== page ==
A surveyor's involvement in matters of salvage normally results from appointments by Hull and Machinery Insurers, but may also include P&I Clubs. A surveyor makes recommendations regarding feasibility of salvage and advises owners and insurers regarding the suitability of the salvor's preferred services.

It is often imperative to establish the extent of the damage to a vessel and to relate this to market and insured values. This ensures that after salvage the vessel is not found to be a constructive total loss and that the underwriters have not exposed themselves to the cost of salvage in addition to the sum insured. Following salvage, it is necessary to establish the salved value of the vessel and to conduct further damage and condition surveys. In many cases, the surveyor may supervise the salvoes but, if a Lloyd's open form has been signed and professional salvor’s are involved, their role is more related to recording events during the salvage and compiling a comprehensive report which may be used as reference during the salvage award arbitration proceedings.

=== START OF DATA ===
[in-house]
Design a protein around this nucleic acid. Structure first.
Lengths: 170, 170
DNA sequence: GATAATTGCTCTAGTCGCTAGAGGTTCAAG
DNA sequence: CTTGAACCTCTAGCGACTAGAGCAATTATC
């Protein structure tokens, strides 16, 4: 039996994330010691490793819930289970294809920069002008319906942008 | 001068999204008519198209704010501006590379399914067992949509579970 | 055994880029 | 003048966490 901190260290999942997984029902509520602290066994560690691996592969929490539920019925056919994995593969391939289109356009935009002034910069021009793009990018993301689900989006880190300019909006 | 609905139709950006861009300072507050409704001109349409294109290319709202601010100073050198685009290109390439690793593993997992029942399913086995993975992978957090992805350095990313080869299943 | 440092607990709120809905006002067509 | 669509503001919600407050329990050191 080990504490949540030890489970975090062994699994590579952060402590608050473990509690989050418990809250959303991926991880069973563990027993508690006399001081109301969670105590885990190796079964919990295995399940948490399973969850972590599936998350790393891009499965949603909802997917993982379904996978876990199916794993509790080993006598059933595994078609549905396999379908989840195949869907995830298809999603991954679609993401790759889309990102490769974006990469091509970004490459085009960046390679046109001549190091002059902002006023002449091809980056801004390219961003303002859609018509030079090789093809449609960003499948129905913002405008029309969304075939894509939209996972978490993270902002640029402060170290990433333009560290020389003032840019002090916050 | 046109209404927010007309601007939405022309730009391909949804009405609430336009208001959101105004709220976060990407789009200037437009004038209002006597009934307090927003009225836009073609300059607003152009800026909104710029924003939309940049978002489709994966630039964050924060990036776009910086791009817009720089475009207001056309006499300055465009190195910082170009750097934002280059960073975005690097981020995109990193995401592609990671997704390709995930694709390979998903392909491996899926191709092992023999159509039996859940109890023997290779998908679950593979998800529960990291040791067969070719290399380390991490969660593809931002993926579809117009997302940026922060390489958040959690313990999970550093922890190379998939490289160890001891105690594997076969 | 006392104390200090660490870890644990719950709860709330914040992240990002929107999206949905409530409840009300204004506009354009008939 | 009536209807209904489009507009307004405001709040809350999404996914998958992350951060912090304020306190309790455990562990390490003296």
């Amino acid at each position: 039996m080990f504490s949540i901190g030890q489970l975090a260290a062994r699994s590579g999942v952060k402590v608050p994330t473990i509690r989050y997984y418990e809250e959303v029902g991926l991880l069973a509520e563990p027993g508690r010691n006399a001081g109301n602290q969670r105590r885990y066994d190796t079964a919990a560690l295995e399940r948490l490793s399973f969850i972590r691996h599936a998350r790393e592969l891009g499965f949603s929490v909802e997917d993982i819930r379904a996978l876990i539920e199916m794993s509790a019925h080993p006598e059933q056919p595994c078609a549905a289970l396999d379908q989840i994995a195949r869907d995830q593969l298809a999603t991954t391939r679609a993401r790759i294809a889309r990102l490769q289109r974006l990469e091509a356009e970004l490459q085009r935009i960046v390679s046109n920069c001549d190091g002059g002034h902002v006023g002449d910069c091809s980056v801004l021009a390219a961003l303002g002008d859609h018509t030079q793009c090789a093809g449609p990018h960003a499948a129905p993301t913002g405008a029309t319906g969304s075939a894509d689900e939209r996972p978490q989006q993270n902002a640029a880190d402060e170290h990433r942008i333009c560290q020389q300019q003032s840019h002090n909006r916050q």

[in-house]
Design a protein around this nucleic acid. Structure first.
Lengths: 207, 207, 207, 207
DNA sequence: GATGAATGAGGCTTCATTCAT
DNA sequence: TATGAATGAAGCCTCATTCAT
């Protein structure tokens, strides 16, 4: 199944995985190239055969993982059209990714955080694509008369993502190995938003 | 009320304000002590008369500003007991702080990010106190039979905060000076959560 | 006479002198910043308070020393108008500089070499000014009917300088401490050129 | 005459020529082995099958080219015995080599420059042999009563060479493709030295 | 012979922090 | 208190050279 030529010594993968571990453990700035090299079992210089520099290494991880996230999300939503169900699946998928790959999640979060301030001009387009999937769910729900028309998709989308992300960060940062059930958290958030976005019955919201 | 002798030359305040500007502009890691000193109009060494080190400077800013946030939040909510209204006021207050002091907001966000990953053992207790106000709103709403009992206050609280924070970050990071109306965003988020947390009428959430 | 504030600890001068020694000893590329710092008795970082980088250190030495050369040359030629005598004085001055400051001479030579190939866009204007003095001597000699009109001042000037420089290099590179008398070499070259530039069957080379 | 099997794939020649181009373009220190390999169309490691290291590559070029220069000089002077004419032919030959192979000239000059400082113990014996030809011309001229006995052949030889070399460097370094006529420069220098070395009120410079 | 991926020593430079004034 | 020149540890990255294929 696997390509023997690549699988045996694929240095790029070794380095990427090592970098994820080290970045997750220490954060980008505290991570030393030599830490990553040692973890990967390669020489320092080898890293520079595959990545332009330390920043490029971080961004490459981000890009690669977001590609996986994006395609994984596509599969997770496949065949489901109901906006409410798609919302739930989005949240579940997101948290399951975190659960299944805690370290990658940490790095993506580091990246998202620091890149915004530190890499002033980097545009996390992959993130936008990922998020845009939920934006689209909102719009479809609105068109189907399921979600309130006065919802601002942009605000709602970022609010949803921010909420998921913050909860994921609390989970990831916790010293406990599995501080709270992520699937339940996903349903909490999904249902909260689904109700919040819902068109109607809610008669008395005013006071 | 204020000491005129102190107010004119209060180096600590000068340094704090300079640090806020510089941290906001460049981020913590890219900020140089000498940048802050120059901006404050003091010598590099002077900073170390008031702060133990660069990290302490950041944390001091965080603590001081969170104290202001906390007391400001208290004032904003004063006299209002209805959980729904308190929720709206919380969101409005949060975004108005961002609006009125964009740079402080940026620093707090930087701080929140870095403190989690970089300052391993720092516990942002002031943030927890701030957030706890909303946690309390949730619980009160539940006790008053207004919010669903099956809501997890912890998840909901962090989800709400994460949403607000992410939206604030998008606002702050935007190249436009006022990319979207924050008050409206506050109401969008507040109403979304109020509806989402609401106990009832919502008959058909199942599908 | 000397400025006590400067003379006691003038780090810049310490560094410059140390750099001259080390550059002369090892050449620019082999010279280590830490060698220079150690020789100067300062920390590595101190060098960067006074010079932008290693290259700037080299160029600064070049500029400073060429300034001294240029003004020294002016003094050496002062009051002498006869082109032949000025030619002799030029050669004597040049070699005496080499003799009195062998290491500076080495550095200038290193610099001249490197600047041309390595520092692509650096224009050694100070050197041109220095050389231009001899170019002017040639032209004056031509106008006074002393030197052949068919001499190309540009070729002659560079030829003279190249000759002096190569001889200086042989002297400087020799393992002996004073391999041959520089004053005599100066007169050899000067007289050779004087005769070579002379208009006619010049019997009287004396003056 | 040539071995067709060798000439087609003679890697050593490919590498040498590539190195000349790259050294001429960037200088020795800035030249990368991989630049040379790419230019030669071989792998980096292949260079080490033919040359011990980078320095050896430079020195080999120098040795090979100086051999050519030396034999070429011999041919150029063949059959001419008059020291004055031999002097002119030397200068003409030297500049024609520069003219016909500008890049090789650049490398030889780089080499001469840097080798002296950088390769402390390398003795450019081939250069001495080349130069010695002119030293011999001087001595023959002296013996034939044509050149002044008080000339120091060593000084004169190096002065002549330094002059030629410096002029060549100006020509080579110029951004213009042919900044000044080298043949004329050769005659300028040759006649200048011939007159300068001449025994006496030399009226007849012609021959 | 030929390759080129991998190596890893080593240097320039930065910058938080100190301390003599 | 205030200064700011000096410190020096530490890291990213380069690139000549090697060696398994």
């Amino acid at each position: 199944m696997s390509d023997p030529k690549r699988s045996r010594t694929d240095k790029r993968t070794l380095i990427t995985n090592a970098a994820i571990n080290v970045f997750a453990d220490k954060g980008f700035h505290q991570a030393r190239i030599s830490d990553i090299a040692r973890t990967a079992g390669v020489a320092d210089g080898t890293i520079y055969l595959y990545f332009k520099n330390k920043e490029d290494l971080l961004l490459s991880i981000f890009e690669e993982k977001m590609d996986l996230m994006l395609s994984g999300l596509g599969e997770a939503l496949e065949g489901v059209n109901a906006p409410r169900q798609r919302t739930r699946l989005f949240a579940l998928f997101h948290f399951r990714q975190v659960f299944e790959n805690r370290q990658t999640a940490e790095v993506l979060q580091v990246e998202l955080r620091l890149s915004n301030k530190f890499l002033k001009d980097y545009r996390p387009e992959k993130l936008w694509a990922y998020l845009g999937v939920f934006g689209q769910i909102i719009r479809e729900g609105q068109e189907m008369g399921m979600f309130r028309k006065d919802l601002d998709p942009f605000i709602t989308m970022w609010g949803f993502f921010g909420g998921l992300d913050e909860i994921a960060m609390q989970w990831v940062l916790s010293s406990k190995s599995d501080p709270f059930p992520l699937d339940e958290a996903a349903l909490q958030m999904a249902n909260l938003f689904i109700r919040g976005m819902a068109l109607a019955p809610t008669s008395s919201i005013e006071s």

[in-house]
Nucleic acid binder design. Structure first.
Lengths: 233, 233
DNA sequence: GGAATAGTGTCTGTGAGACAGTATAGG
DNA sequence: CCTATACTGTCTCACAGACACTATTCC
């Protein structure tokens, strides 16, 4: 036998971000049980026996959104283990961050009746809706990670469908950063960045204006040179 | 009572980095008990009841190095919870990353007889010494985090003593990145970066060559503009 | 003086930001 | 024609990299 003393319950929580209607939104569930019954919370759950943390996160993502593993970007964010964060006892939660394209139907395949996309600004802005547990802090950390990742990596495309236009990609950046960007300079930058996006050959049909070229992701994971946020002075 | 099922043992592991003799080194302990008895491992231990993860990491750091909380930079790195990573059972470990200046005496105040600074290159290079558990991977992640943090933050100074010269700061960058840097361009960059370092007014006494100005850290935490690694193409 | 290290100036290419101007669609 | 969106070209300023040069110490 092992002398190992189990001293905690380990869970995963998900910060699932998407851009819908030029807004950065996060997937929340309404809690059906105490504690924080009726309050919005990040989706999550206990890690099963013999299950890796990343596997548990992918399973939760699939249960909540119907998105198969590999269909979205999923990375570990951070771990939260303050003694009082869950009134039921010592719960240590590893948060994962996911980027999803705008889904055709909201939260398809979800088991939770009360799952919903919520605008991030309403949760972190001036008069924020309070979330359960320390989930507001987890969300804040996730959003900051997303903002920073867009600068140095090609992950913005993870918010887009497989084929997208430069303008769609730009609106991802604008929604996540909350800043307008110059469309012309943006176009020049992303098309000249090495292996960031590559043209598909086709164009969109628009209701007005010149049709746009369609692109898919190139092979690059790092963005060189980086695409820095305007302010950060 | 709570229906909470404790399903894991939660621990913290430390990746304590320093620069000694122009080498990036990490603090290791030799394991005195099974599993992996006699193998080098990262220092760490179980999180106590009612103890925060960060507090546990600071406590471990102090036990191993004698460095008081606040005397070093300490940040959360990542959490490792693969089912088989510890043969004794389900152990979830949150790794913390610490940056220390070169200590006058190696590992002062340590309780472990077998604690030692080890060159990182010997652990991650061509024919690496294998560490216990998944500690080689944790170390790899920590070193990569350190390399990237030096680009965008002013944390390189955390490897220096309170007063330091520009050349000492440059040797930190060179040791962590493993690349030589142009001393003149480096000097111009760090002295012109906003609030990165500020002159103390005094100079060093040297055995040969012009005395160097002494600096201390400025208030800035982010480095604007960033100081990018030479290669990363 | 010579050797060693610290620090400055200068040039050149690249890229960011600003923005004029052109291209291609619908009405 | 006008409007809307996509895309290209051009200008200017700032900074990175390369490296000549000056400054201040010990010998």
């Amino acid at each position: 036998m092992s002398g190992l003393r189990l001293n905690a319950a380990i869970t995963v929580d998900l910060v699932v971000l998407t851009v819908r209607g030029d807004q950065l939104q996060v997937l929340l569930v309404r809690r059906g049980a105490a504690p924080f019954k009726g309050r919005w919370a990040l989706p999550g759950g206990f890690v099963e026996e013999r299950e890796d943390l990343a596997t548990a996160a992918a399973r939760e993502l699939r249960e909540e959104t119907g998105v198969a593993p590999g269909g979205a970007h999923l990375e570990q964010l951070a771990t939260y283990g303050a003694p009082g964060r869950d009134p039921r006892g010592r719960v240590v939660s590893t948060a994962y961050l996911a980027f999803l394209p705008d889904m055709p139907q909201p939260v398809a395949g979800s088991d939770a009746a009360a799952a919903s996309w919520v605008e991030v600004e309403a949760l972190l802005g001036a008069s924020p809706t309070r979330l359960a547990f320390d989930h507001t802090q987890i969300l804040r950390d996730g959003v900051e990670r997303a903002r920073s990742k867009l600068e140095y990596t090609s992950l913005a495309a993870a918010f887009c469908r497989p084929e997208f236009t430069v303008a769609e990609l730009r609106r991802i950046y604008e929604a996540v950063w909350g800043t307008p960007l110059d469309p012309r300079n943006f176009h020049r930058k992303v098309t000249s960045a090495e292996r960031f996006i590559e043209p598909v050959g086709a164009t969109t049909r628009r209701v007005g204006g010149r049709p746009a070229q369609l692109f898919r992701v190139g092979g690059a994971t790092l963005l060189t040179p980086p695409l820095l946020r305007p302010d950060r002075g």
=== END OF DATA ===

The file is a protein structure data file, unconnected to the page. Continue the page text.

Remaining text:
Insurers of a tow normally request a surveyor to provide a towage approval certificate in which all aspects of the tug, towing arrangements and the condition of the tow are appraised. The surveyor must consider all aspects of the voyage including intermediate bunker ports, weather en route, alternative ports of refuge and crewing, as well as the vessel's condition and towing arrangements. If the arrangements for the voyage satisfy the surveyor a report and a towage approval certificate will be issued.

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